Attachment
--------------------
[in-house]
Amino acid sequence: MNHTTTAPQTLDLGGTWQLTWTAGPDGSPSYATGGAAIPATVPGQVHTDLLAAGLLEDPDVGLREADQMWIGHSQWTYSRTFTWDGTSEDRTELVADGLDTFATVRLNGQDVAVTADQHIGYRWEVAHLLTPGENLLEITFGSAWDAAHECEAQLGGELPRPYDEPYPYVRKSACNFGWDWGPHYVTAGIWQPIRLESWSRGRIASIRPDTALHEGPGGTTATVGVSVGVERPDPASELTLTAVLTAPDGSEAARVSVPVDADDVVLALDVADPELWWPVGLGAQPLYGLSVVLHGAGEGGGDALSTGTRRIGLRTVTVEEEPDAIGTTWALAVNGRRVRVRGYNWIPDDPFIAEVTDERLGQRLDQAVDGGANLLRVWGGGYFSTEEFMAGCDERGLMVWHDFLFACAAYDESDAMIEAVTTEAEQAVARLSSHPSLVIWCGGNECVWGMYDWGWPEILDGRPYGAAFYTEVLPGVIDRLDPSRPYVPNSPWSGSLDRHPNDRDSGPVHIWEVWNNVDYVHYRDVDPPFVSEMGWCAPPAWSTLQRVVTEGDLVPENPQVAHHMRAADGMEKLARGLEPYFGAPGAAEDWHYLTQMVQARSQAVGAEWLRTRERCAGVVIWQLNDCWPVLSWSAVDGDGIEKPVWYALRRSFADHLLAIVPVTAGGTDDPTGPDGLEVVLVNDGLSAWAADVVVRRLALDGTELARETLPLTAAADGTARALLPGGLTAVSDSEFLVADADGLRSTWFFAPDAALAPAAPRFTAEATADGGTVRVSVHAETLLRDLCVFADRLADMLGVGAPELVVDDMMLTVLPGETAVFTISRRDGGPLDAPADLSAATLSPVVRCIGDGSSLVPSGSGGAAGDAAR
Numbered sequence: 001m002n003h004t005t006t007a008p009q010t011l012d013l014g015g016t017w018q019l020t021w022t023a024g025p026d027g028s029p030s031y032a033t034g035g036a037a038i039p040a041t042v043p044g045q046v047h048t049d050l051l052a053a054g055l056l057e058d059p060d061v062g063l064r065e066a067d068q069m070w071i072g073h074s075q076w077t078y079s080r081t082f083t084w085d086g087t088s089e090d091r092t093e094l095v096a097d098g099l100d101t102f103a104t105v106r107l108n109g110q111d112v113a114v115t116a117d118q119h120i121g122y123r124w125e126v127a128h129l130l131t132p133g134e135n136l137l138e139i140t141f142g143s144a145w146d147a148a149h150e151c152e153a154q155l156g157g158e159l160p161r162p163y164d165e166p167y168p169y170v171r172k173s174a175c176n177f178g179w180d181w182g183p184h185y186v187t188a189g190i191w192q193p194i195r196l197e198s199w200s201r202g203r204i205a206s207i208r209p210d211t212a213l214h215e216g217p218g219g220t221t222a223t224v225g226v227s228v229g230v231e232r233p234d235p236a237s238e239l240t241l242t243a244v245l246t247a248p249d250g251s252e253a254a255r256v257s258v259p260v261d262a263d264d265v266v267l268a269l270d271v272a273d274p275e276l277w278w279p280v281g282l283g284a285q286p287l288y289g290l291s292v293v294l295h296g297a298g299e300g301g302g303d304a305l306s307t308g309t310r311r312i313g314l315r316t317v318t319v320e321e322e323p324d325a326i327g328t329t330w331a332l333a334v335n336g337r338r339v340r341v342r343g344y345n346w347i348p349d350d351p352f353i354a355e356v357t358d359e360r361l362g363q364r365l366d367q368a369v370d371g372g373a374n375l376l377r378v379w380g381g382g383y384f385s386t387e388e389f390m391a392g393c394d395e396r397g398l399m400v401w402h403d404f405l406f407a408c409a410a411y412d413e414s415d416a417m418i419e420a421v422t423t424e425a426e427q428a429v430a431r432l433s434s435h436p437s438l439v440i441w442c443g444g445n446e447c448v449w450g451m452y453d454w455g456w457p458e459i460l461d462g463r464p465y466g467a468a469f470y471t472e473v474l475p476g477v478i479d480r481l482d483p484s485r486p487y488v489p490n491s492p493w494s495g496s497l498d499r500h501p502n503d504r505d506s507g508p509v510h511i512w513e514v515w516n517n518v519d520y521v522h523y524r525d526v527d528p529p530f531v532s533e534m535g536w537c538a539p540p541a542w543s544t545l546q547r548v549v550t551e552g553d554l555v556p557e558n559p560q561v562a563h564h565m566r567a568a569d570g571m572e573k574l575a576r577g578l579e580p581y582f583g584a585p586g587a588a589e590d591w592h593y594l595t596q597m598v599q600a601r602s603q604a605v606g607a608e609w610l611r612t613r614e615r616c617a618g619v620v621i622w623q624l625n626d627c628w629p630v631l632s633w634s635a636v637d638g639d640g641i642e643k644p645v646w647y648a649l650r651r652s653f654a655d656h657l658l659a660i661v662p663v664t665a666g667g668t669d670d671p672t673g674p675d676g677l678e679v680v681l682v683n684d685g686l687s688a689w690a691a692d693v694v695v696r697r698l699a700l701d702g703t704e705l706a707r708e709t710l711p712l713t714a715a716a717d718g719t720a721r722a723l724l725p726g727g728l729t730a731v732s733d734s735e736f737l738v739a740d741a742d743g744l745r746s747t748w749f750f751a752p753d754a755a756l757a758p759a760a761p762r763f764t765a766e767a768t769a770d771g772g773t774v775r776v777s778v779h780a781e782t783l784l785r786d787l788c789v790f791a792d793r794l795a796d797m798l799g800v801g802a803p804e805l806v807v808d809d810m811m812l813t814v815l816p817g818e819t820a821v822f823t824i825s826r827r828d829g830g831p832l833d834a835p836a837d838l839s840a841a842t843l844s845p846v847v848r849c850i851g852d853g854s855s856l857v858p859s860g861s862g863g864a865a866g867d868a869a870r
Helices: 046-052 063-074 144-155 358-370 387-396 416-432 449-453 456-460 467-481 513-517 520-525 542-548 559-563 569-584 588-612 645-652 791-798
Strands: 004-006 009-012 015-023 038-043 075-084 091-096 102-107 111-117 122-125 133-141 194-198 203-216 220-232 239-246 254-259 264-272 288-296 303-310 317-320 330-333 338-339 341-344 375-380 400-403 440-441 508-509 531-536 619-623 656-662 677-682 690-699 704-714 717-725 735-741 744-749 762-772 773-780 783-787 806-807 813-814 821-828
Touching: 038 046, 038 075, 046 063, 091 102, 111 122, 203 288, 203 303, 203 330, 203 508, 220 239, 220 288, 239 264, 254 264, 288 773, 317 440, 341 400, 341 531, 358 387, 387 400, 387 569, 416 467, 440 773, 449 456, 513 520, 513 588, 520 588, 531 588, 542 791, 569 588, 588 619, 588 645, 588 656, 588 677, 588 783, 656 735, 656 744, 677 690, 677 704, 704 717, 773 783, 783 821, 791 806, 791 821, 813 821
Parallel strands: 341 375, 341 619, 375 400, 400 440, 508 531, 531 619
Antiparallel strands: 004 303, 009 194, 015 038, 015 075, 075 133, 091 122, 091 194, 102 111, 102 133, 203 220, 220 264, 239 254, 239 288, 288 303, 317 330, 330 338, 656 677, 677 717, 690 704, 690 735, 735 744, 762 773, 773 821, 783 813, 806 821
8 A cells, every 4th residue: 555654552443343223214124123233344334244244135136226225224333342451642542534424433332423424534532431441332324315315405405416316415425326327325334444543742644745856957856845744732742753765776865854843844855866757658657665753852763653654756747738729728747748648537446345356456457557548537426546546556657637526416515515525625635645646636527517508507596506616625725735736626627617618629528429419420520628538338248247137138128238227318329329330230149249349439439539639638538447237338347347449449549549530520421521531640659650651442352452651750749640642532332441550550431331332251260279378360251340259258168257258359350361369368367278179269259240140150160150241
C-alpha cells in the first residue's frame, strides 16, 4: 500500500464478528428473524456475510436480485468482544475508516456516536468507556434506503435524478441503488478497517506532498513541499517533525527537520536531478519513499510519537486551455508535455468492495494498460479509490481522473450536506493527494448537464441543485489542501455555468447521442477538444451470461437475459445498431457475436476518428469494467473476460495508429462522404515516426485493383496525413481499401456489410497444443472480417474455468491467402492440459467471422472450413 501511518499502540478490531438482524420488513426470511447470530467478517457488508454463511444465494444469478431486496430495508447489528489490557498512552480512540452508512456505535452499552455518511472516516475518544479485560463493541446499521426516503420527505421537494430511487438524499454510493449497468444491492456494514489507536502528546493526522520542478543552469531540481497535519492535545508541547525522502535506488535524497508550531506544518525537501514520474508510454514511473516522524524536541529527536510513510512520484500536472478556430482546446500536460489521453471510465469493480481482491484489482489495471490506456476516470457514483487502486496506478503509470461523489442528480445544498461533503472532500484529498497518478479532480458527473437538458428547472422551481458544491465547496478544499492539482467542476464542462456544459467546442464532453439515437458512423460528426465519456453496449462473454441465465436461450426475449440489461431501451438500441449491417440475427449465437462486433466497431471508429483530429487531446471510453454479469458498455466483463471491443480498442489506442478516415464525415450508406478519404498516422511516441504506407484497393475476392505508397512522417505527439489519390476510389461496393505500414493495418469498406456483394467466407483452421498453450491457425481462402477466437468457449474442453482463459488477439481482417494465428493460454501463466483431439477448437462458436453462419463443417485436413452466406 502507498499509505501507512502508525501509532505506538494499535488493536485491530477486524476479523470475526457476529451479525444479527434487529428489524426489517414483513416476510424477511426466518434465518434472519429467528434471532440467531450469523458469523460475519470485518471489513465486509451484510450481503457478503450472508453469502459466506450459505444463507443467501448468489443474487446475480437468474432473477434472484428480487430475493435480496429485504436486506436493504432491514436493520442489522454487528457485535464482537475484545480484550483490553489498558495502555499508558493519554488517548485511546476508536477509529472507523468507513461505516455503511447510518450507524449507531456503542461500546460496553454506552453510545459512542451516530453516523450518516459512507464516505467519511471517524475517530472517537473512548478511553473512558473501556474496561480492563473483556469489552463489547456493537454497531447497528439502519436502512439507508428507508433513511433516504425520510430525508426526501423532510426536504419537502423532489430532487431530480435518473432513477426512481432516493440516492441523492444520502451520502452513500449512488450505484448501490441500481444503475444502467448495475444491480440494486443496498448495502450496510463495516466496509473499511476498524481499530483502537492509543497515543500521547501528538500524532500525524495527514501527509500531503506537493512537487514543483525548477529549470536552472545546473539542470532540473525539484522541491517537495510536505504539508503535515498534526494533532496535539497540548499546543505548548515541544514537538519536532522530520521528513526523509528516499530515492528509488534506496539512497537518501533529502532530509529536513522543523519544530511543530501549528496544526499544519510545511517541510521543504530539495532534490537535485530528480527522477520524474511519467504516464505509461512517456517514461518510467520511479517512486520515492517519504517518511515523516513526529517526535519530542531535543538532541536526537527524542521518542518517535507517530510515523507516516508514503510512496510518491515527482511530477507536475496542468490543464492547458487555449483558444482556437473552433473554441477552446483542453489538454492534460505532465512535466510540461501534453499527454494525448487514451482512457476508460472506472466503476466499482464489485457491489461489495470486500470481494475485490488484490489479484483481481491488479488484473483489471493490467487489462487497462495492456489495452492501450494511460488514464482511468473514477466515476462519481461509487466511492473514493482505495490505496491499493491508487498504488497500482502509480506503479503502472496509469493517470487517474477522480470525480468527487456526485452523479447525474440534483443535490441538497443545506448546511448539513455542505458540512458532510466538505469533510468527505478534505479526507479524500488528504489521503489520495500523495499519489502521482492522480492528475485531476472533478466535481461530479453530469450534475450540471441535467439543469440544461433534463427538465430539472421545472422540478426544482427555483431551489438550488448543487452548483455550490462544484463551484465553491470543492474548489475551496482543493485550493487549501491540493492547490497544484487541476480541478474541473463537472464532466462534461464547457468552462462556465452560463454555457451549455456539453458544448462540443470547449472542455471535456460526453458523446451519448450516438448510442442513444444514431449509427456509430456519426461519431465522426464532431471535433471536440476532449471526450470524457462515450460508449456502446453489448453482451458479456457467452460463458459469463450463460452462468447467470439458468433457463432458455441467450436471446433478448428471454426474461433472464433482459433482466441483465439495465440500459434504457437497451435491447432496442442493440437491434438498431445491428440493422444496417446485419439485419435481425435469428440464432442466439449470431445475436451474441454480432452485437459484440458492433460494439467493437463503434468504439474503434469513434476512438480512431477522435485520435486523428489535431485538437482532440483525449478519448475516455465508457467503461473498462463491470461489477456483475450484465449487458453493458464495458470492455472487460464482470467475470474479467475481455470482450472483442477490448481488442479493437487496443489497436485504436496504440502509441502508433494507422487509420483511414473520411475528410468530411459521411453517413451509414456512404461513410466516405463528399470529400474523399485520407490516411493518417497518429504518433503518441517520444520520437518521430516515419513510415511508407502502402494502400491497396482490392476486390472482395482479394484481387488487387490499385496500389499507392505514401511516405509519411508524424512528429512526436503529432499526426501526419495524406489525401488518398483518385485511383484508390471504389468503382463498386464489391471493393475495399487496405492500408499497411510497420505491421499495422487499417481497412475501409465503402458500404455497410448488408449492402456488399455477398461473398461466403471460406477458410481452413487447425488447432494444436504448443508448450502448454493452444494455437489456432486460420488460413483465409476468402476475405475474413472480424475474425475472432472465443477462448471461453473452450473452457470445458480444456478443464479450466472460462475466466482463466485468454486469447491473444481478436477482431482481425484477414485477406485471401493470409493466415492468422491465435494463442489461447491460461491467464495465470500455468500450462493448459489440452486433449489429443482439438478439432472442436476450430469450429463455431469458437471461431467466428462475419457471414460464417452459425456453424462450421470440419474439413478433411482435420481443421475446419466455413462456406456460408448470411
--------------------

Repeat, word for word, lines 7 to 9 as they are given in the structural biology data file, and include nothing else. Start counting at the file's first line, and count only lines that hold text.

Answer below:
Parallel strands: 341 375, 341 619, 375 400, 400 440, 508 531, 531 619
Antiparallel strands: 004 303, 009 194, 015 038, 015 075, 075 133, 091 122, 091 194, 102 111, 102 133, 203 220, 220 264, 239 254, 239 288, 288 303, 317 330, 330 338, 656 677, 677 717, 690 704, 690 735, 735 744, 762 773, 773 821, 783 813, 806 821
8 A cells, every 4th residue: 555654552443343223214124123233344334244244135136226225224333342451642542534424433332423424534532431441332324315315405405416316415425326327325334444543742644745856957856845744732742753765776865854843844855866757658657665753852763653654756747738729728747748648537446345356456457557548537426546546556657637526416515515525625635645646636527517508507596506616625725735736626627617618629528429419420520628538338248247137138128238227318329329330230149249349439439539639638538447237338347347449449549549530520421521531640659650651442352452651750749640642532332441550550431331332251260279378360251340259258168257258359350361369368367278179269259240140150160150241